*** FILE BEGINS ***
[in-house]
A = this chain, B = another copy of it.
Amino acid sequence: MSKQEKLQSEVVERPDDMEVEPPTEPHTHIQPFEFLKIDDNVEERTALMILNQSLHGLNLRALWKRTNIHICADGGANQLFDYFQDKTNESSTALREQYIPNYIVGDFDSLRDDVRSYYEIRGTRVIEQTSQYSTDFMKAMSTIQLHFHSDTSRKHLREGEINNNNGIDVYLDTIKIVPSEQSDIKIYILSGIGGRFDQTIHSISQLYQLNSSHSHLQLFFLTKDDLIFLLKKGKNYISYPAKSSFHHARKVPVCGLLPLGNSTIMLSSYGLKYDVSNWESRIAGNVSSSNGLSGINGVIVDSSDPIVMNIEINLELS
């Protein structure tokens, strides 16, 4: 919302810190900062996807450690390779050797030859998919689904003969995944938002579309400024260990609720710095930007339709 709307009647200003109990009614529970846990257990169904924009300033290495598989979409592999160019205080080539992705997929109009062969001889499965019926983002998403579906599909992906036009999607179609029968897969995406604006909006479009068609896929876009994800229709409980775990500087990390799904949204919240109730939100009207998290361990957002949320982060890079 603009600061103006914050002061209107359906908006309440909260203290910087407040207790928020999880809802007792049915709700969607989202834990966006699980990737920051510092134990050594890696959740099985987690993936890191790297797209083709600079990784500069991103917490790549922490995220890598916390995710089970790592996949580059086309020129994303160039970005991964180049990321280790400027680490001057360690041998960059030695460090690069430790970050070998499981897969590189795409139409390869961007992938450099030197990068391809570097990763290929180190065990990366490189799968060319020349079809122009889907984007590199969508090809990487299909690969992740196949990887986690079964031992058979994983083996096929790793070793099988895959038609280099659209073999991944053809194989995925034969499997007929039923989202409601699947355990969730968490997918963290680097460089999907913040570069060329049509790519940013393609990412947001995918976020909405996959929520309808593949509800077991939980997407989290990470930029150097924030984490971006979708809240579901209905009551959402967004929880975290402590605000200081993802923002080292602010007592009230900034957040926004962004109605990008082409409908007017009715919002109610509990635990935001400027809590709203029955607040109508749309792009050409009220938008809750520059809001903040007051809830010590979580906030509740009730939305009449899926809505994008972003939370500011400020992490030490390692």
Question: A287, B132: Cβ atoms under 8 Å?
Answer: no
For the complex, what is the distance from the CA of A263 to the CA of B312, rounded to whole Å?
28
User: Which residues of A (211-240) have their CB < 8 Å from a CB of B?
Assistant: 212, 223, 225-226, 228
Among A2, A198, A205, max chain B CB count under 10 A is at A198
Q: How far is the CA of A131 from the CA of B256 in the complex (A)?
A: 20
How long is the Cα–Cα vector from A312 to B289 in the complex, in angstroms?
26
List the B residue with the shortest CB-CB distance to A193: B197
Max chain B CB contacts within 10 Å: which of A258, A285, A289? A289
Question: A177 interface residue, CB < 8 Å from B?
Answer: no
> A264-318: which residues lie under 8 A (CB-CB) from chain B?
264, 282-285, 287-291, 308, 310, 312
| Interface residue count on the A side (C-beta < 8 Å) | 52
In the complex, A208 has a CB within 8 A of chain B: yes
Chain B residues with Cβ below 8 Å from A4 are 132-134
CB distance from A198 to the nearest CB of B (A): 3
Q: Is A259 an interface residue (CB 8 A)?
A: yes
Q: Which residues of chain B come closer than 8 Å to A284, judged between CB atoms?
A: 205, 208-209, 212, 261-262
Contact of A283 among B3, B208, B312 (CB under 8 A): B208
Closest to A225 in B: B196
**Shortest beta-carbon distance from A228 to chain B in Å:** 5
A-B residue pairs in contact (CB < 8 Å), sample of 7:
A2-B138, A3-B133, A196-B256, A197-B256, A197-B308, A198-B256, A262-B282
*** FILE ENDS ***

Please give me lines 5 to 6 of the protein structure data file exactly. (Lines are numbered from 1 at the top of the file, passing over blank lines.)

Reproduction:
Question: A287, B132: Cβ atoms under 8 Å?
Answer: no